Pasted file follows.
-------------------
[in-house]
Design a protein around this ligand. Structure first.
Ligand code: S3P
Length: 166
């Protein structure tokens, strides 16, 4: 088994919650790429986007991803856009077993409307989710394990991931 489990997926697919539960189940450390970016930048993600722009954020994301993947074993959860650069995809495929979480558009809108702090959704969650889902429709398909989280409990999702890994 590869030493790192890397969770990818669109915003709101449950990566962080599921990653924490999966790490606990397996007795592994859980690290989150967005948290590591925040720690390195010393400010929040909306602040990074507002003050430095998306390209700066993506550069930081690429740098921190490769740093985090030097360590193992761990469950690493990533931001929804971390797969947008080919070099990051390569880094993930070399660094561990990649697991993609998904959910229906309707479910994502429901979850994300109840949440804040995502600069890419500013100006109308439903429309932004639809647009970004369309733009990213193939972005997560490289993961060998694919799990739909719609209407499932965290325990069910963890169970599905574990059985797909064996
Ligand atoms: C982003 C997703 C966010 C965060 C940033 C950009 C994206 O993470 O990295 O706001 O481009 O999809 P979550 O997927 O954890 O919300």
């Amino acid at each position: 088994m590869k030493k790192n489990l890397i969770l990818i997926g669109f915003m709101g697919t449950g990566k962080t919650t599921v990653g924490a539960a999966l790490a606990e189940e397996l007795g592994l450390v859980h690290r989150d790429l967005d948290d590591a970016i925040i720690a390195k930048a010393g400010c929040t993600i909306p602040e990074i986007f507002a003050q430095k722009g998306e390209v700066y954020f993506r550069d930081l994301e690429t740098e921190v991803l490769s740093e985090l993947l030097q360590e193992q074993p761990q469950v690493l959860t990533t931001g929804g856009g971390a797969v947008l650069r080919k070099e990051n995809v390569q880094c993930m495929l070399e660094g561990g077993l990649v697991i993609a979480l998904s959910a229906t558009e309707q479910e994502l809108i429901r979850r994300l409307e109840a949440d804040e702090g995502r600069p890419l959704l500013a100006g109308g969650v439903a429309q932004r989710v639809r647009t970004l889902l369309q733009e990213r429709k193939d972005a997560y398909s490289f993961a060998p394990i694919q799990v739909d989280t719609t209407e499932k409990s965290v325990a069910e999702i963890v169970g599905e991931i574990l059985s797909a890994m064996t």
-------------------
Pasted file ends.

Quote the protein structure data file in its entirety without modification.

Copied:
[in-house]
Design a protein around this ligand. Structure first.
Ligand code: S3P
Length: 166
């Protein structure tokens, strides 16, 4: 088994919650790429986007991803856009077993409307989710394990991931 489990997926697919539960189940450390970016930048993600722009954020994301993947074993959860650069995809495929979480558009809108702090959704969650889902429709398909989280409990999702890994 590869030493790192890397969770990818669109915003709101449950990566962080599921990653924490999966790490606990397996007795592994859980690290989150967005948290590591925040720690390195010393400010929040909306602040990074507002003050430095998306390209700066993506550069930081690429740098921190490769740093985090030097360590193992761990469950690493990533931001929804971390797969947008080919070099990051390569880094993930070399660094561990990649697991993609998904959910229906309707479910994502429901979850994300109840949440804040995502600069890419500013100006109308439903429309932004639809647009970004369309733009990213193939972005997560490289993961060998694919799990739909719609209407499932965290325990069910963890169970599905574990059985797909064996
Ligand atoms: C982003 C997703 C966010 C965060 C940033 C950009 C994206 O993470 O990295 O706001 O481009 O999809 P979550 O997927 O954890 O919300």
């Amino acid at each position: 088994m590869k030493k790192n489990l890397i969770l990818i997926g669109f915003m709101g697919t449950g990566k962080t919650t599921v990653g924490a539960a999966l790490a606990e189940e397996l007795g592994l450390v859980h690290r989150d790429l967005d948290d590591a970016i925040i720690a390195k930048a010393g400010c929040t993600i909306p602040e990074i986007f507002a003050q430095k722009g998306e390209v700066y954020f993506r550069d930081l994301e690429t740098e921190v991803l490769s740093e985090l993947l030097q360590e193992q074993p761990q469950v690493l959860t990533t931001g929804g856009g971390a797969v947008l650069r080919k070099e990051n995809v390569q880094c993930m495929l070399e660094g561990g077993l990649v697991i993609a979480l998904s959910a229906t558009e309707q479910e994502l809108i429901r979850r994300l409307e109840a949440d804040e702090g995502r600069p890419l959704l500013a100006g109308g969650v439903a429309q932004r989710v639809r647009t970004l889902l369309q733009e990213r429709k193939d972005a997560y398909s490289f993961a060998p394990i694919q799990v739909d989280t719609t209407e499932k409990s965290v325990a069910e999702i963890v169970g599905e991931i574990l059985s797909a890994m064996t």